To ensure a safe number of users during Covid we had to log into Web sites for access to activities like pools, gyms and ski hills. These precautions made sense, however the booking process was awkward and was easy to miss an activity if you weren’t signed up early enough.
Luckily there are some great Linux tools that can be used to automate web logins. If you are working in MS-Windows take a look at SendKeys command.
Linux Mouse and Key Stroke Simulation
I thought that the xdotools package was feature rich with a number of special functions for desktop and windows functions. The xautomation package was a little simpler and it has some Python wrappers.
I found that it was very useful to install wmctrl, this allows you to easily see which windows are running and it can set the active window with a substring (you don’t need the full window name).
To install xautomation and wmctrl in Ubuntu:
sudo apt-get install xautomation wmctrl
Log in Example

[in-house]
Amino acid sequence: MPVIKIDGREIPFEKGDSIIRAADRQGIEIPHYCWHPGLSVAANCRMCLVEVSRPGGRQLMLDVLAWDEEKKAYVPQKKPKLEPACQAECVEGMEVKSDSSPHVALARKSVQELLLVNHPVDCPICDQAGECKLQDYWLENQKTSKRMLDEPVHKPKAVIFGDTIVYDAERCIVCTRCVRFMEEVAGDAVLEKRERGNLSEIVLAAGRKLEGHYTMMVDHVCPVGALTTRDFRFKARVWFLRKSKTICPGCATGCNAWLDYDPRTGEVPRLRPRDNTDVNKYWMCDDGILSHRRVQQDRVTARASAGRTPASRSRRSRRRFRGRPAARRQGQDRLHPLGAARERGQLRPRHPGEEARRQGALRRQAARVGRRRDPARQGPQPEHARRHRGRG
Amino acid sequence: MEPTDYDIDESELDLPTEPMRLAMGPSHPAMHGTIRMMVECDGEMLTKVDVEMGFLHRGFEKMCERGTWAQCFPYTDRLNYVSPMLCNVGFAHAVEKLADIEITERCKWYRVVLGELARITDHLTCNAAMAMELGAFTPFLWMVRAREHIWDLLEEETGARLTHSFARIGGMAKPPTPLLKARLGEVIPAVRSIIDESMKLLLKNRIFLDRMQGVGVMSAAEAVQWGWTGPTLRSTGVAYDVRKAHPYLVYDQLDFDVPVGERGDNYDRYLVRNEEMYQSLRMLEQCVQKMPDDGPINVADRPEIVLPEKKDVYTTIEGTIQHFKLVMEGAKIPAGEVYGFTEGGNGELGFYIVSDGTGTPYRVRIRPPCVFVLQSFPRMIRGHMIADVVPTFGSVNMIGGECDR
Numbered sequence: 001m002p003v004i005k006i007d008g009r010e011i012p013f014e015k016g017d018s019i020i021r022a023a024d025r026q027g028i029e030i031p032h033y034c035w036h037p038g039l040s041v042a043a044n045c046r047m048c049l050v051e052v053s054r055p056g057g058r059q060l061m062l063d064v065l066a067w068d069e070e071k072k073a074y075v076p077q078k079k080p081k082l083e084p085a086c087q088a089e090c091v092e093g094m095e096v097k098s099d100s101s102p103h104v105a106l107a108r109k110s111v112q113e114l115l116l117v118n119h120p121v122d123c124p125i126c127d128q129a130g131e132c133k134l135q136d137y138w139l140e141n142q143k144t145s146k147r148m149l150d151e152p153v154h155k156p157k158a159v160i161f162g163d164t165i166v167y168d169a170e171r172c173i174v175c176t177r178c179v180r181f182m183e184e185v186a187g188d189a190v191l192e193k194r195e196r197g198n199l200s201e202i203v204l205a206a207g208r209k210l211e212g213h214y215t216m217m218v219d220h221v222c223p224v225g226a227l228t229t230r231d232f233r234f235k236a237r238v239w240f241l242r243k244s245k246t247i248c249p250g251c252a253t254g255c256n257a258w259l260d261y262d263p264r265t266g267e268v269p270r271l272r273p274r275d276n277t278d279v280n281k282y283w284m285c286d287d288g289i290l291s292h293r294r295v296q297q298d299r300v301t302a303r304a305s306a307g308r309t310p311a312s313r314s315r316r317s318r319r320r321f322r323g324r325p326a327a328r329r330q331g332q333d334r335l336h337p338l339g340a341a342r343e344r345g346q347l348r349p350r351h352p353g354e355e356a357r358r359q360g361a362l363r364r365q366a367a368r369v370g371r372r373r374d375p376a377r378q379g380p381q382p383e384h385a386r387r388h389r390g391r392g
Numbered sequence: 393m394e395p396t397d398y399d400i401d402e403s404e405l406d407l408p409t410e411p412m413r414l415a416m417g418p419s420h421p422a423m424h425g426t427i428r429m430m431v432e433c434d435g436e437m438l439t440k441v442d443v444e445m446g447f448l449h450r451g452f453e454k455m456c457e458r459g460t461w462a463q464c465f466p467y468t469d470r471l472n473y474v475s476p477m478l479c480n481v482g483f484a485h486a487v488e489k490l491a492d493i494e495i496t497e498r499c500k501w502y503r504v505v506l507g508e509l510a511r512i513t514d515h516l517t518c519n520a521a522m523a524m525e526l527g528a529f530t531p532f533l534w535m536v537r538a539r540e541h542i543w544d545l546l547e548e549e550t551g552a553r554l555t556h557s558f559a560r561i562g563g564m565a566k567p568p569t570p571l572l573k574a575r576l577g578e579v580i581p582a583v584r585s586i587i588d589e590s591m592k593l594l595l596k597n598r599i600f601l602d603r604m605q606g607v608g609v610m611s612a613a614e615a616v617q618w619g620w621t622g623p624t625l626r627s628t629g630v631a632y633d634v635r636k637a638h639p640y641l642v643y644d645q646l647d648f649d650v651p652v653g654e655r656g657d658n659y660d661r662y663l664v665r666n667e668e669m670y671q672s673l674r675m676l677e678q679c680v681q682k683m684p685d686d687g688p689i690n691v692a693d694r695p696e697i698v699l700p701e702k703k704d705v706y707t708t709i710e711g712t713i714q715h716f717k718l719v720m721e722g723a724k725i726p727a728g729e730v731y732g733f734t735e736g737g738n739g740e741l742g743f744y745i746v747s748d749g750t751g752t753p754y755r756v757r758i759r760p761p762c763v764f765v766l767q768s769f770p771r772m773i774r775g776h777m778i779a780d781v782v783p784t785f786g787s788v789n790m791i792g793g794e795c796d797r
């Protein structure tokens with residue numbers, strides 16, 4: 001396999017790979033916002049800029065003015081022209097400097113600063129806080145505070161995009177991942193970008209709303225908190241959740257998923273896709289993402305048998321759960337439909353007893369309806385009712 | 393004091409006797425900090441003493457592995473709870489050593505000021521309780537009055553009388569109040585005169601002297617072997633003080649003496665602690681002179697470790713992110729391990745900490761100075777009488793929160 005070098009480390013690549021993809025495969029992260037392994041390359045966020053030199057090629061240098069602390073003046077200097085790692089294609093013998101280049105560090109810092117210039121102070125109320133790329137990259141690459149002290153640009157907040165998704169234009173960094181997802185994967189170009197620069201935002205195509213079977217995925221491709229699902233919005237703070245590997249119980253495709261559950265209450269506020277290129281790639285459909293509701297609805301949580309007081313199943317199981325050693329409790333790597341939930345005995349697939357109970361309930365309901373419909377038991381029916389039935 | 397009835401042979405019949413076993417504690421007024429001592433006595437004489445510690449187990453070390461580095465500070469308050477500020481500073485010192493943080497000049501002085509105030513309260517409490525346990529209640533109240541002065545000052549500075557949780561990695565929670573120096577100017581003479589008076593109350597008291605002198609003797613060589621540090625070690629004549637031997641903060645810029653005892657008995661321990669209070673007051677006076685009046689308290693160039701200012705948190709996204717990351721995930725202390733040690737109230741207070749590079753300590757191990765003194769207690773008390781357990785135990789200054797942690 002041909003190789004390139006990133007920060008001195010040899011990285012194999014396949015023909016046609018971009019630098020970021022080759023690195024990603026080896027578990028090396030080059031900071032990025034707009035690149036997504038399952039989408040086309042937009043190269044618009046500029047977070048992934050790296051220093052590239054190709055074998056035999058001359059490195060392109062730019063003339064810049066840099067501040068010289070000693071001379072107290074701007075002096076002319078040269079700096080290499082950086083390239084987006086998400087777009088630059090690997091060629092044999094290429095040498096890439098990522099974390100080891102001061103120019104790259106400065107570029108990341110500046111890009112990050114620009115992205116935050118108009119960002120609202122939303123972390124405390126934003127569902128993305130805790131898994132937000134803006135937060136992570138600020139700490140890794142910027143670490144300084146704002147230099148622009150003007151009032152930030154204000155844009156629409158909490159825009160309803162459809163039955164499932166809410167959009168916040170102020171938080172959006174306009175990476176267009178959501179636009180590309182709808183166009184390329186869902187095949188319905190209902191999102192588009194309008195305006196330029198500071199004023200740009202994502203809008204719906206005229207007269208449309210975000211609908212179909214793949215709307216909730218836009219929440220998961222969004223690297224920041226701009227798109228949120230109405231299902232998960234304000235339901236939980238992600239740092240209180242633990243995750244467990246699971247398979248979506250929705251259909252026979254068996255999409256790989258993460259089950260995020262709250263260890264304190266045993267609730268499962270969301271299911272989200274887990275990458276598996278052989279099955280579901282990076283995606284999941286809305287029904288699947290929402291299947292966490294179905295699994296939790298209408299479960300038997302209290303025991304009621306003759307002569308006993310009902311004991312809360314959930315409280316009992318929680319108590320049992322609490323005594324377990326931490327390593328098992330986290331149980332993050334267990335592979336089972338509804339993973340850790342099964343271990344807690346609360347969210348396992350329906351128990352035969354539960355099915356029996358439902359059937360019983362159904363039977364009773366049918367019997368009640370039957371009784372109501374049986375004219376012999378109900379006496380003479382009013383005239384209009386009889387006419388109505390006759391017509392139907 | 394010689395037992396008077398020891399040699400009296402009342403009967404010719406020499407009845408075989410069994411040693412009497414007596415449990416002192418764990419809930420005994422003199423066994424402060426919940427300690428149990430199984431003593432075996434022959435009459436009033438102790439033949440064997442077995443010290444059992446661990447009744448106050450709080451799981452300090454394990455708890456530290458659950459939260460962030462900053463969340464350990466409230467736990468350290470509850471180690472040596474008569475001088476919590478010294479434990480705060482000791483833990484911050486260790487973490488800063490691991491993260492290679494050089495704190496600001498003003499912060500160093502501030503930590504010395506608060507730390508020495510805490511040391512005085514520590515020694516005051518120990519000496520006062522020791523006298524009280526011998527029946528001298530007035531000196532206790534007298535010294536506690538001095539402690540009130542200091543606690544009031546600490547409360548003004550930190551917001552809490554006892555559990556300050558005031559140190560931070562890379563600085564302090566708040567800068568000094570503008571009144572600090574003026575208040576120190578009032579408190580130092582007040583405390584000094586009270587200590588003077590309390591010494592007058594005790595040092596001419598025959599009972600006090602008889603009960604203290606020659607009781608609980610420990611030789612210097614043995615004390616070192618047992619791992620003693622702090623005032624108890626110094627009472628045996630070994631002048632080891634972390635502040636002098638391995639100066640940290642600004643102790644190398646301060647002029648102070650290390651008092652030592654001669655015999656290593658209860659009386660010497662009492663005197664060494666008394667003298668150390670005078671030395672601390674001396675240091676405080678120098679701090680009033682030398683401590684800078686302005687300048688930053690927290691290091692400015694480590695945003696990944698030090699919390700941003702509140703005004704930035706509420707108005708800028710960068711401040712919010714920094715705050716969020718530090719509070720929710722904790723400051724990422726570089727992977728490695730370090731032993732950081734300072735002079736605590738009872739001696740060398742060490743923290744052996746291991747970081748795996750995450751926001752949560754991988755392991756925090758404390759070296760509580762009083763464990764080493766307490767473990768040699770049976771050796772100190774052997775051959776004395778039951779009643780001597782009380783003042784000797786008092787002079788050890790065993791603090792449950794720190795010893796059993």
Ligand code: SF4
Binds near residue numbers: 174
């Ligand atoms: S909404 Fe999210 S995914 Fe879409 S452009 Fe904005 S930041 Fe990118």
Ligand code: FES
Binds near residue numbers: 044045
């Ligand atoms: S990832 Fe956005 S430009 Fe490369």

To create an automation script you need to do the required steps once manually and document what is a Tab, entry field or an Enter/Return key. Some trial and error work will probably be required for timing if you are working between pages links.
A good simple example is to try and log into Netflix.
The following Bash script will : 1) open a Chrome browser page, 2) set the focus to the page and 3) sent the correct tab, text and a return key.
#!/bin/bash # netflix_login.sh - script logs into Netflix # url="https://www.netflix.com/ca/login" email="your_email.com" pwd="your_password" chromium-browser $url & #open browser to # wait for the page to open, the set focus to it sleep 2 wmctrl -a "Netflix - Chromium" sleep 1 # allow time to get focus before sending keys xte "key Tab" xte "key Tab" xte "str $email" xte "key Tab" xte "str $pwd" xte "key Tab" xte "key Tab" xte "key Return" echo "Netflix Login Done..."
Use wmctrl -l to see which windows are open.
A specific window can have the focus based on a substring, with the -a options
The xte command uses a string to pass key, text and mouse actions to the active window.
Using simulated keyboard and mouse movements is a nice tool for automating simple web pages.
If you need to look at more complex web automation solutions check out Selenium, it has a Python library that allow you to access the DOM object of the open web browser page.